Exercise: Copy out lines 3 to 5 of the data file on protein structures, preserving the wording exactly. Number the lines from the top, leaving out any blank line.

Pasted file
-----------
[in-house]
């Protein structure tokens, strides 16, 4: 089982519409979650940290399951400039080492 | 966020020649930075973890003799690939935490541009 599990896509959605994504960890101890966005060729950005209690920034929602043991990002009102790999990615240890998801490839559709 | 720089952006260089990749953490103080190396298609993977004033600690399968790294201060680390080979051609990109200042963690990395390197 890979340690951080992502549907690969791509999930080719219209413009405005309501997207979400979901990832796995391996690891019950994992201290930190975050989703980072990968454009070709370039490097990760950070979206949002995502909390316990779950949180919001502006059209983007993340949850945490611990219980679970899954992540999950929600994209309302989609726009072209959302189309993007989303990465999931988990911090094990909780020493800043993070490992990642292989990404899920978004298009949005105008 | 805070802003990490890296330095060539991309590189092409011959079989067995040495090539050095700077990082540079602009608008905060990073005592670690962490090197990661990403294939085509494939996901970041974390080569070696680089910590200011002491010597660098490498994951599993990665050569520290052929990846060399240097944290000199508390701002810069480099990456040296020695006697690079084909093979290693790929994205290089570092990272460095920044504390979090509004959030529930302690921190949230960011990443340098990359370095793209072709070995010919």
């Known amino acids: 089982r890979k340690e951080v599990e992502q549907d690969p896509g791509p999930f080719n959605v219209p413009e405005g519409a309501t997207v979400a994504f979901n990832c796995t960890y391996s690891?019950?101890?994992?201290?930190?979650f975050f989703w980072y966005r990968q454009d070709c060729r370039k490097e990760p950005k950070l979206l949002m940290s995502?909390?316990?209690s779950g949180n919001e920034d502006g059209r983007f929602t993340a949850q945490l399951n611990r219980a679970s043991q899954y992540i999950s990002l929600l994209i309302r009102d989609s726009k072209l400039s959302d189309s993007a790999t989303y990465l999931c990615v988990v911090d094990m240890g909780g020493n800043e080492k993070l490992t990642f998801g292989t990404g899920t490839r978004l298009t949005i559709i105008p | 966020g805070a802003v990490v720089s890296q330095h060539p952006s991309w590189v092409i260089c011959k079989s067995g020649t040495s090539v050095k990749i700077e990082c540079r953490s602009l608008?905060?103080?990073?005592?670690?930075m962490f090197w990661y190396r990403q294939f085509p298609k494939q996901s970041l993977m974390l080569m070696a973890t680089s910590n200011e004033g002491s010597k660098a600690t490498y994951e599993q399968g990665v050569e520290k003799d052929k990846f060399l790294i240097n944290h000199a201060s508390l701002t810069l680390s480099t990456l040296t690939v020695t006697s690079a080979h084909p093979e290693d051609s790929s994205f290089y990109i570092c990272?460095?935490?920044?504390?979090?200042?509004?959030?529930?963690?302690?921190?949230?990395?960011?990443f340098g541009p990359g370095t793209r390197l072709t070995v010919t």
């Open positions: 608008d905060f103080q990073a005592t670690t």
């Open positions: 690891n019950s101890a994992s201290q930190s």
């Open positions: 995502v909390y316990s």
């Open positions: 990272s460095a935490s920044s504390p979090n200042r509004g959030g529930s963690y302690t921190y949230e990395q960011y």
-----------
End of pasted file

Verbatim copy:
């Known amino acids: 089982r890979k340690e951080v599990e992502q549907d690969p896509g791509p999930f080719n959605v219209p413009e405005g519409a309501t997207v979400a994504f979901n990832c796995t960890y391996s690891?019950?101890?994992?201290?930190?979650f975050f989703w980072y966005r990968q454009d070709c060729r370039k490097e990760p950005k950070l979206l949002m940290s995502?909390?316990?209690s779950g949180n919001e920034d502006g059209r983007f929602t993340a949850q945490l399951n611990r219980a679970s043991q899954y992540i999950s990002l929600l994209i309302r009102d989609s726009k072209l400039s959302d189309s993007a790999t989303y990465l999931c990615v988990v911090d094990m240890g909780g020493n800043e080492k993070l490992t990642f998801g292989t990404g899920t490839r978004l298009t949005i559709i105008p | 966020g805070a802003v990490v720089s890296q330095h060539p952006s991309w590189v092409i260089c011959k079989s067995g020649t040495s090539v050095k990749i700077e990082c540079r953490s602009l608008?905060?103080?990073?005592?670690?930075m962490f090197w990661y190396r990403q294939f085509p298609k494939q996901s970041l993977m974390l080569m070696a973890t680089s910590n200011e004033g002491s010597k660098a600690t490498y994951e599993q399968g990665v050569e520290k003799d052929k990846f060399l790294i240097n944290h000199a201060s508390l701002t810069l680390s480099t990456l040296t690939v020695t006697s690079a080979h084909p093979e290693d051609s790929s994205f290089y990109i570092c990272?460095?935490?920044?504390?979090?200042?509004?959030?529930?963690?302690?921190?949230?990395?960011?990443f340098g541009p990359g370095t793209r390197l072709t070995v010919t």
């Open positions: 608008d905060f103080q990073a005592t670690t």
């Open positions: 690891n019950s101890a994992s201290q930190s």